This book discusses theories that link functions to specific anatomical brain regions. The best known of these are the Broca and Wernicke regions, and these have become synonyms for the location of productive and receptive language functions respectively. This Broca-Wernicke model has proved to be such a powerful concept that is remains the predominant view in modern clinical practice. What is fascinating, however, is that there is little evidence for this strictly localist view on language functions. Modern neuroscience and numerous clinical observations in individual patients show that language functions are represented in complex and ever-changing neural networks. It is fair to say that the model is wrong, and that Broca’s and Wernicke’s areas in their classic forms do not exist.
This is a fascinating paradox: why do neurologists and neurosurgeons continue to use these iconic language models in everyday decision-making? In this book, the author uses his background as a neurosurgeon and a neuroscientist to provide some answers to this question.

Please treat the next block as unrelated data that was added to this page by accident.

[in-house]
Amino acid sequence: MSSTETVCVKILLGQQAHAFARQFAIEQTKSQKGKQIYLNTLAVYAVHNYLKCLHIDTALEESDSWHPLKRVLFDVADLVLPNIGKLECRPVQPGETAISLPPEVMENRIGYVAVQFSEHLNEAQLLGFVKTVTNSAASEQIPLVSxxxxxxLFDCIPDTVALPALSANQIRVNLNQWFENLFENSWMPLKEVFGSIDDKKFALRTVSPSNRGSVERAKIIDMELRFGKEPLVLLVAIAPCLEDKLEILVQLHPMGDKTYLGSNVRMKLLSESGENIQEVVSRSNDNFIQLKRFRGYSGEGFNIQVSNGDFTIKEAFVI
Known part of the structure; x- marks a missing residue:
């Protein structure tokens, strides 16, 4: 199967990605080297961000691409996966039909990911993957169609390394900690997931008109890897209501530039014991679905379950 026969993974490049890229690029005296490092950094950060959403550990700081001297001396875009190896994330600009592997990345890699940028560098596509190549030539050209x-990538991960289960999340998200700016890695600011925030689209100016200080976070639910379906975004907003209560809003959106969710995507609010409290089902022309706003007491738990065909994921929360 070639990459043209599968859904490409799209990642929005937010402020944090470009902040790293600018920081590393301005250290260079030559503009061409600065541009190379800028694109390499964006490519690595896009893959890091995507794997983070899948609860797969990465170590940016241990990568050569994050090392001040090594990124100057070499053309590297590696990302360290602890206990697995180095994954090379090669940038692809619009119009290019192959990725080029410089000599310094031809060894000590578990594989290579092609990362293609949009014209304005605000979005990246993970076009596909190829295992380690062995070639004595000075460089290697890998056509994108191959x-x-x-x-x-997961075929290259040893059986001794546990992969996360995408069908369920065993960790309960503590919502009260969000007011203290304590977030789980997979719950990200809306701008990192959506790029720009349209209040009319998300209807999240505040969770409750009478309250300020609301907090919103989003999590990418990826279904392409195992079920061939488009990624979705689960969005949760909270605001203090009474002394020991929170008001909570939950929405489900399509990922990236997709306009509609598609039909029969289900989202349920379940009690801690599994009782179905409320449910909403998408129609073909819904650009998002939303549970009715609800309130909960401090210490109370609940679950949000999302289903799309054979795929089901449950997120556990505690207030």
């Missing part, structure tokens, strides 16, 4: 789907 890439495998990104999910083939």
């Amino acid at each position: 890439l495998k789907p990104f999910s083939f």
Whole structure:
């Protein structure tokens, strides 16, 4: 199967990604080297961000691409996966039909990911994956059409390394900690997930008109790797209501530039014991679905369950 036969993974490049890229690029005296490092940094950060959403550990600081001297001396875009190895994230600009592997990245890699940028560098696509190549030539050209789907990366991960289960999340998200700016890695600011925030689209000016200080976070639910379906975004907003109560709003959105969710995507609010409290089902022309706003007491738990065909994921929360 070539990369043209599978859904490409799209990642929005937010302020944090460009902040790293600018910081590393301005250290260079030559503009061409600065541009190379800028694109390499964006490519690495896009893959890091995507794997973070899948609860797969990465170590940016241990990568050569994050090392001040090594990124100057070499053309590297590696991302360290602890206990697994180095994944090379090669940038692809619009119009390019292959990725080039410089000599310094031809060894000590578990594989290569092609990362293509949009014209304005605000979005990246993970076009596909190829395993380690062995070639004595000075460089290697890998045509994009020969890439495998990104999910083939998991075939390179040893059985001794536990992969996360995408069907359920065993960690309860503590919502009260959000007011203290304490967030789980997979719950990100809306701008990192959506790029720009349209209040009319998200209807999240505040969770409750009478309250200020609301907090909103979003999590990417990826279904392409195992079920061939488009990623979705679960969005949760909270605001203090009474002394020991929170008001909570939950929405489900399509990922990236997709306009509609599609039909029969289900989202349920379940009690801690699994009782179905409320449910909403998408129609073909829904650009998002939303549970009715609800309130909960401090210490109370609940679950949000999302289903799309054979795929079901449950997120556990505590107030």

The book acquaints clinicians and researchers with the many different aspects of language representation in the brain. It provides a historical overview of functional localisation, as well as insights into the misjudgements that have kept the localist doctrine alive. It creates an awareness of the need to integrate clinical observations and neuroscientific theories if we want to progress further in clinical language research and patient care.